The community responded to the Roughnecks as boys in trouble, 'and the boys agreed with that perception. Their pattern of deviancy was reinforced, and breaking away from it became increasingly unlikely. Once the boys acquired an image'of themselves as deviants, they selected new friends who affirmed that self-image. As that self-conception became more firmly entrenched they also became willing to  new and: \nore extreme deviance. With their growing alienation came freer expression of disrespect and hostility for representatives of the legitimate society. This disrespect increased the community's negativism. perpetuating the entire process of commitment to deviance. When it is time to leave adolescence ... [it is likely that the Roughnecks'] noticeable deviance will have been so reinforced by police and Community that their lives will be effectively channeled into careers consistent with the adolescent background. (WilliamJ. Chambliss,"The '. Saints and the Roughnecks," in James M. Hen- . slin,(ed.), Deviallt Life-Styles, Transaction Books, New BrunSwick,-N.J., 1977, pp. 303--304.Pub- Ii$hed by permission of transaction, Inc., from Society, by Transaction, Inc.)  To labeling theorists, much. of  responsibility for juvenile delinquency arises from the clumsy efforts of police, courts, and case workers who unwittingly teach youths to .'"link of themselves as delinquents and to act as delinquents [Ageton and Elliott, 1974; Kasselbaum, 1974, p. 67]. This sounds plausible put is it true? As Matzo observes, this regression is not an inexorable process; that is the deviant is not helplessly swept down a chute from which there is no escape [1969]. Instead, the deviant has a choice. At many points irt the process of becoming delinquent, the perspire elects to continue. " Labeling theorists claims that many "mentally ill" are only mildly eccentric until they are labeled as "mentally ill." Then people start treatipg them .differently. Income and work status usually suffer as one is dismissed or passed over for promotion [Link, 1982J. Efforts to reject the "illness" label are seen by others as additional "symptoms" of mental illness. Any effendis of the "patient" to act as a normal person my be system while the patient is rewarded for sinking into a helpless  dependent passivity. In a famous experiment, I Rosenhan and several colleagues arranged to be admitted 'to a psychiatric hospital labeled. as schizophrenics. The staff treated them as schizophrenics and ignored the fact they behaved perfectly normally. From this Rosenhan concluded that the patients' label, not their behavior, determined their veatment by the staff [Rosenhan, 1973]. Thus the "manufacture of madness" creates mental illness where there may be nothing more than annoying or mildly eccentric behavior {Scheff, 1966; Szasz, 1970]. But replicatio'.-t studies have failed to. support Rosenhan':s thesis [Lindsay, 1982], and the "manufacture of madness" thesis is not well substantiated. Research studies testing labeling theory are conflicting and inconclusive [Mahoney, 1974; Gove, 1975, 1980]. Most primary groups resist expelling the deviant member and seek to bring the person back to conformity [Orcutt, 1973]. Empirical evidence shows. that under some conditions labeling encourages additional deviation, while under some other conditions labeling encourages a return to conformity [Tittle, 1975, 1980; Horowitz and Wassermann, 1979]. For example, some police officials believe that publishing names of persons arrested for drunken driving does act to reduce and not to increase drunken driving  Carino, 1982], but this has not been tested.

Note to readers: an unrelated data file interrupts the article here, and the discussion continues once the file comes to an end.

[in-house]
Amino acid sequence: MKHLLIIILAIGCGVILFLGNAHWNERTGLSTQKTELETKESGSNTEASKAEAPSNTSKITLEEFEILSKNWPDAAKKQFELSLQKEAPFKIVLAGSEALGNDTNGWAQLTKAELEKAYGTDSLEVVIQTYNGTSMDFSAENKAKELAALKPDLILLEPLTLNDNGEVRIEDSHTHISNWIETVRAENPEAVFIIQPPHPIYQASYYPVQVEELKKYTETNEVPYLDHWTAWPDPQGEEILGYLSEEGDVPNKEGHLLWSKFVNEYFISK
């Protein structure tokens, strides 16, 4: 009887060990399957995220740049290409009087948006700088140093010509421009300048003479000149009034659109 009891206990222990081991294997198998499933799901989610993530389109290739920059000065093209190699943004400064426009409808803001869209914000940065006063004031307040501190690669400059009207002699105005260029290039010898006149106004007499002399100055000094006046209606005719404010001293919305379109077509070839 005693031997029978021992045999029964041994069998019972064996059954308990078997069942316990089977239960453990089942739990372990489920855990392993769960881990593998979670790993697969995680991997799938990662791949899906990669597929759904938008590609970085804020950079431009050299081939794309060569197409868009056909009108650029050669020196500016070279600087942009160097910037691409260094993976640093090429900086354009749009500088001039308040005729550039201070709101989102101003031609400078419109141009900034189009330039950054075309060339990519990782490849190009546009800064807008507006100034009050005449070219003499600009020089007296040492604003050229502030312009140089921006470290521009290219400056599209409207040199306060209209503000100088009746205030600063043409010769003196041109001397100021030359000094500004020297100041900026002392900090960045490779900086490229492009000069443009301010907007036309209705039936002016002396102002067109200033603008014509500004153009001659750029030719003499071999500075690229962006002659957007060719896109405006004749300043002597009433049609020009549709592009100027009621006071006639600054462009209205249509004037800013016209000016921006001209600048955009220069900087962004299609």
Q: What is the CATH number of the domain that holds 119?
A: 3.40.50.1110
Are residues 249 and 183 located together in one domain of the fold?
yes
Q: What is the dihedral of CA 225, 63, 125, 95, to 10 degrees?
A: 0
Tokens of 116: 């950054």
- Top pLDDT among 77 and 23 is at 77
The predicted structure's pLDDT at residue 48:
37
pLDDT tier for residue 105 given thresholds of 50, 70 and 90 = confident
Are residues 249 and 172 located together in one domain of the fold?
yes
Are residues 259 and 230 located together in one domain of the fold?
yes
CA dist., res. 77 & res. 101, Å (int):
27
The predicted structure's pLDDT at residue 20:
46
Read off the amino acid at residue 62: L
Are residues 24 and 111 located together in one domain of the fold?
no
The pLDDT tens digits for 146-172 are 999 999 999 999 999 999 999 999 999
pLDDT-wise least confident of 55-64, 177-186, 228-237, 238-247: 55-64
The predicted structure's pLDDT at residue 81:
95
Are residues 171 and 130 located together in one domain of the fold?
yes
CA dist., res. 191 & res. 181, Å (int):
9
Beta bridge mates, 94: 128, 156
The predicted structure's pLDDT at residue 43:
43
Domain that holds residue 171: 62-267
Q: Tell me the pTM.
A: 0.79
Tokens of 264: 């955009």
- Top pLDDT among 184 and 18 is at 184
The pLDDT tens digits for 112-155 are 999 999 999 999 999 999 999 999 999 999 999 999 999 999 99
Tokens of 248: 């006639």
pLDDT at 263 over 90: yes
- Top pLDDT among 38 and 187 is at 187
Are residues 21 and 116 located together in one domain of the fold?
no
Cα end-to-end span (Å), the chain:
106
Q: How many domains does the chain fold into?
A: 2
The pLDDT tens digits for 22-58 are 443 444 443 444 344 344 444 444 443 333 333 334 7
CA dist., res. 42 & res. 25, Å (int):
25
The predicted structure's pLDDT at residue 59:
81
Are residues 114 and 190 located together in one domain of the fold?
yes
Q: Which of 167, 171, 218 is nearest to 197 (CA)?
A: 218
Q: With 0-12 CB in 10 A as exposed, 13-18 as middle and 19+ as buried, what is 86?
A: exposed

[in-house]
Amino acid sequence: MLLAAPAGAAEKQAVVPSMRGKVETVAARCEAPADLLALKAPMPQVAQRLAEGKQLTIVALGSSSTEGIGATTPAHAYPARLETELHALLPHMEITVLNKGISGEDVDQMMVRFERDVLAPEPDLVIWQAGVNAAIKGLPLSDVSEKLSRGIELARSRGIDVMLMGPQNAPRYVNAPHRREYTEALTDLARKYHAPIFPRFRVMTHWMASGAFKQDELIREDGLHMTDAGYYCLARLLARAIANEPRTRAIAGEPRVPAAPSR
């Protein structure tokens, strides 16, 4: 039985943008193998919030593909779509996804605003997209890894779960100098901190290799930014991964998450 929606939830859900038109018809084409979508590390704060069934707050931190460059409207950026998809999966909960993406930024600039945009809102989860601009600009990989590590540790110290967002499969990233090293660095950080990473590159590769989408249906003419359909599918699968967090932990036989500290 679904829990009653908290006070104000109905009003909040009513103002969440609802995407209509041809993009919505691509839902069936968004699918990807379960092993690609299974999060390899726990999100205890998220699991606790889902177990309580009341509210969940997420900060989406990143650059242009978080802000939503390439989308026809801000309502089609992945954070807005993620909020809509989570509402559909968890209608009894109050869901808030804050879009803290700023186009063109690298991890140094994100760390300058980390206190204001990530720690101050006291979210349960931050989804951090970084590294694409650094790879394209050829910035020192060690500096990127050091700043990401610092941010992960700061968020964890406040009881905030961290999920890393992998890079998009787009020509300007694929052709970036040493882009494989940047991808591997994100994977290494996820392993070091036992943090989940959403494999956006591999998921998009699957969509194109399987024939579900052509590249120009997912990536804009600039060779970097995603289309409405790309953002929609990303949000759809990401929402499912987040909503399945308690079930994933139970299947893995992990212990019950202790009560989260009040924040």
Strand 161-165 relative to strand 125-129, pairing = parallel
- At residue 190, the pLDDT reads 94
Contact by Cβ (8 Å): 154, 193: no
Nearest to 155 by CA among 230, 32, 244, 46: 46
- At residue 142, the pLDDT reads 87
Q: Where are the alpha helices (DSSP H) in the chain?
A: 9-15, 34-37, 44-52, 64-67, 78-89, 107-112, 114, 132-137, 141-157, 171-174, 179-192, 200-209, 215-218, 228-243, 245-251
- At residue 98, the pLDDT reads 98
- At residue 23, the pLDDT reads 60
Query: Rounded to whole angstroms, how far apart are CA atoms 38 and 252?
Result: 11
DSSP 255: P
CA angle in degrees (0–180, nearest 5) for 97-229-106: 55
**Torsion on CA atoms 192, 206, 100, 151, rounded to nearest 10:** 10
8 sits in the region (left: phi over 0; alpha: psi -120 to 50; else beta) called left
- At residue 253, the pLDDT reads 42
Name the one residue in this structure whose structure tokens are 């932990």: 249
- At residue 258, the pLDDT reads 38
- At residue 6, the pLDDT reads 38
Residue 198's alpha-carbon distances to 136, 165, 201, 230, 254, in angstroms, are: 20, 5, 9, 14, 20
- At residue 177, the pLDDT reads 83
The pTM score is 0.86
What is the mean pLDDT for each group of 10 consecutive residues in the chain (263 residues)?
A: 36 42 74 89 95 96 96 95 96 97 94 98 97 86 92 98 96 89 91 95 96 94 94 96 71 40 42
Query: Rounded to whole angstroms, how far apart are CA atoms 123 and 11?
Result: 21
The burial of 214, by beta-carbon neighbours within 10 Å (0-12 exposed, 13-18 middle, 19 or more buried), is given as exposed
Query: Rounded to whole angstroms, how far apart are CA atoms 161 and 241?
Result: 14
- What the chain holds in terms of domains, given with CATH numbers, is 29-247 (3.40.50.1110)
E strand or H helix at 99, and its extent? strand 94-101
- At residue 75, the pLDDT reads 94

In summary, it appears that labeling sometimes increases and sometimes reduces further deviation, but labeling theory offers no
explanation of which effect labeling will have or of why a person commits that first act of deviation.

Posted on September 2, 2014 in SOCIAL ORDER AND SOCIAL CONTROL